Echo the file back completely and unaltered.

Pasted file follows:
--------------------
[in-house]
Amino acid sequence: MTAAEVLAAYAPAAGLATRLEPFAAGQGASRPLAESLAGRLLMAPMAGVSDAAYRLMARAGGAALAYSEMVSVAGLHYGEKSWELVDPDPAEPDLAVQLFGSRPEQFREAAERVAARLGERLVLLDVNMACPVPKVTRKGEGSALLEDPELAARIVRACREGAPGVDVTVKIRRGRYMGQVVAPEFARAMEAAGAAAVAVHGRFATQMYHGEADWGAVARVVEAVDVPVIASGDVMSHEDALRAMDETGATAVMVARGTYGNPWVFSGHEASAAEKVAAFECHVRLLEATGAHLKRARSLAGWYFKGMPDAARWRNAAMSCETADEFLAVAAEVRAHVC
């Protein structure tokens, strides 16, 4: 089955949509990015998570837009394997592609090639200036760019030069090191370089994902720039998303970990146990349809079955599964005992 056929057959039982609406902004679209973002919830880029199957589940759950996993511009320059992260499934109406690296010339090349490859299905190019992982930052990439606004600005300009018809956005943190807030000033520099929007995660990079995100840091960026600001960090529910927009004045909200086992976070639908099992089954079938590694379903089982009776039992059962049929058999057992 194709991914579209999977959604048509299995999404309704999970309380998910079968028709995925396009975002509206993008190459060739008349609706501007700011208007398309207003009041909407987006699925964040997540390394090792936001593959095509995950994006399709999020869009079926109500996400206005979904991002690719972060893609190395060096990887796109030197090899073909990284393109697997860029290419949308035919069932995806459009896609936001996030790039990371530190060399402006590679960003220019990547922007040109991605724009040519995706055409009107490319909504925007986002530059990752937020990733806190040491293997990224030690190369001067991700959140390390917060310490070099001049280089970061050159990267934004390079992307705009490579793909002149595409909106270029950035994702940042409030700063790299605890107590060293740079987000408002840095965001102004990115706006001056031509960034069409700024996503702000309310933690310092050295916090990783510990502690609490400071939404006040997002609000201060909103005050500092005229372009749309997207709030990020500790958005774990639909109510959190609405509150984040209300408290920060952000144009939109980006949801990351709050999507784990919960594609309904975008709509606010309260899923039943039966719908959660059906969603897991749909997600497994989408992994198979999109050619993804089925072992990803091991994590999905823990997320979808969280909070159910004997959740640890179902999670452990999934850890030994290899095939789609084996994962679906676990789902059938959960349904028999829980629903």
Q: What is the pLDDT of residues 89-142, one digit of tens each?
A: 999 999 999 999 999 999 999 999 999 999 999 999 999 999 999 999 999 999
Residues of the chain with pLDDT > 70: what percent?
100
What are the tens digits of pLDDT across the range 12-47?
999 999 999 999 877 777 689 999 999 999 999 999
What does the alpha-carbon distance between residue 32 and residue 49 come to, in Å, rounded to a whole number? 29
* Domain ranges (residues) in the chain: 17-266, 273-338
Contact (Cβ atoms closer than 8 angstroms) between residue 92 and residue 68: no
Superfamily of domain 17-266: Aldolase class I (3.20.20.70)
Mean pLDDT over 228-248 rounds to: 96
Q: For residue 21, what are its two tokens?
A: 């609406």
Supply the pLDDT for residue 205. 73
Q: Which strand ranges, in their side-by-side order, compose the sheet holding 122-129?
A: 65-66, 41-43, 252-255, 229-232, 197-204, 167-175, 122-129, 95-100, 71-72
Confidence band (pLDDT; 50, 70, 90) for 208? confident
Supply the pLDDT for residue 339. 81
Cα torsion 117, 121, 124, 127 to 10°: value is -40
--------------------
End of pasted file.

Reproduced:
[in-house]
Amino acid sequence: MTAAEVLAAYAPAAGLATRLEPFAAGQGASRPLAESLAGRLLMAPMAGVSDAAYRLMARAGGAALAYSEMVSVAGLHYGEKSWELVDPDPAEPDLAVQLFGSRPEQFREAAERVAARLGERLVLLDVNMACPVPKVTRKGEGSALLEDPELAARIVRACREGAPGVDVTVKIRRGRYMGQVVAPEFARAMEAAGAAAVAVHGRFATQMYHGEADWGAVARVVEAVDVPVIASGDVMSHEDALRAMDETGATAVMVARGTYGNPWVFSGHEASAAEKVAAFECHVRLLEATGAHLKRARSLAGWYFKGMPDAARWRNAAMSCETADEFLAVAAEVRAHVC
């Protein structure tokens, strides 16, 4: 089955949509990015998570837009394997592609090639200036760019030069090191370089994902720039998303970990146990349809079955599964005992 056929057959039982609406902004679209973002919830880029199957589940759950996993511009320059992260499934109406690296010339090349490859299905190019992982930052990439606004600005300009018809956005943190807030000033520099929007995660990079995100840091960026600001960090529910927009004045909200086992976070639908099992089954079938590694379903089982009776039992059962049929058999057992 194709991914579209999977959604048509299995999404309704999970309380998910079968028709995925396009975002509206993008190459060739008349609706501007700011208007398309207003009041909407987006699925964040997540390394090792936001593959095509995950994006399709999020869009079926109500996400206005979904991002690719972060893609190395060096990887796109030197090899073909990284393109697997860029290419949308035919069932995806459009896609936001996030790039990371530190060399402006590679960003220019990547922007040109991605724009040519995706055409009107490319909504925007986002530059990752937020990733806190040491293997990224030690190369001067991700959140390390917060310490070099001049280089970061050159990267934004390079992307705009490579793909002149595409909106270029950035994702940042409030700063790299605890107590060293740079987000408002840095965001102004990115706006001056031509960034069409700024996503702000309310933690310092050295916090990783510990502690609490400071939404006040997002609000201060909103005050500092005229372009749309997207709030990020500790958005774990639909109510959190609405509150984040209300408290920060952000144009939109980006949801990351709050999507784990919960594609309904975008709509606010309260899923039943039966719908959660059906969603897991749909997600497994989408992994198979999109050619993804089925072992990803091991994590999905823990997320979808969280909070159910004997959740640890179902999670452990999934850890030994290899095939789609084996994962679906676990789902059938959960349904028999829980629903």
Q: What is the pLDDT of residues 89-142, one digit of tens each?
A: 999 999 999 999 999 999 999 999 999 999 999 999 999 999 999 999 999 999
Residues of the chain with pLDDT > 70: what percent?
100
What are the tens digits of pLDDT across the range 12-47?
999 999 999 999 877 777 689 999 999 999 999 999
What does the alpha-carbon distance between residue 32 and residue 49 come to, in Å, rounded to a whole number? 29
* Domain ranges (residues) in the chain: 17-266, 273-338
Contact (Cβ atoms closer than 8 angstroms) between residue 92 and residue 68: no
Superfamily of domain 17-266: Aldolase class I (3.20.20.70)
Mean pLDDT over 228-248 rounds to: 96
Q: For residue 21, what are its two tokens?
A: 């609406």
Supply the pLDDT for residue 205. 73
Q: Which strand ranges, in their side-by-side order, compose the sheet holding 122-129?
A: 65-66, 41-43, 252-255, 229-232, 197-204, 167-175, 122-129, 95-100, 71-72
Confidence band (pLDDT; 50, 70, 90) for 208? confident
Supply the pLDDT for residue 339. 81
Cα torsion 117, 121, 124, 127 to 10°: value is -40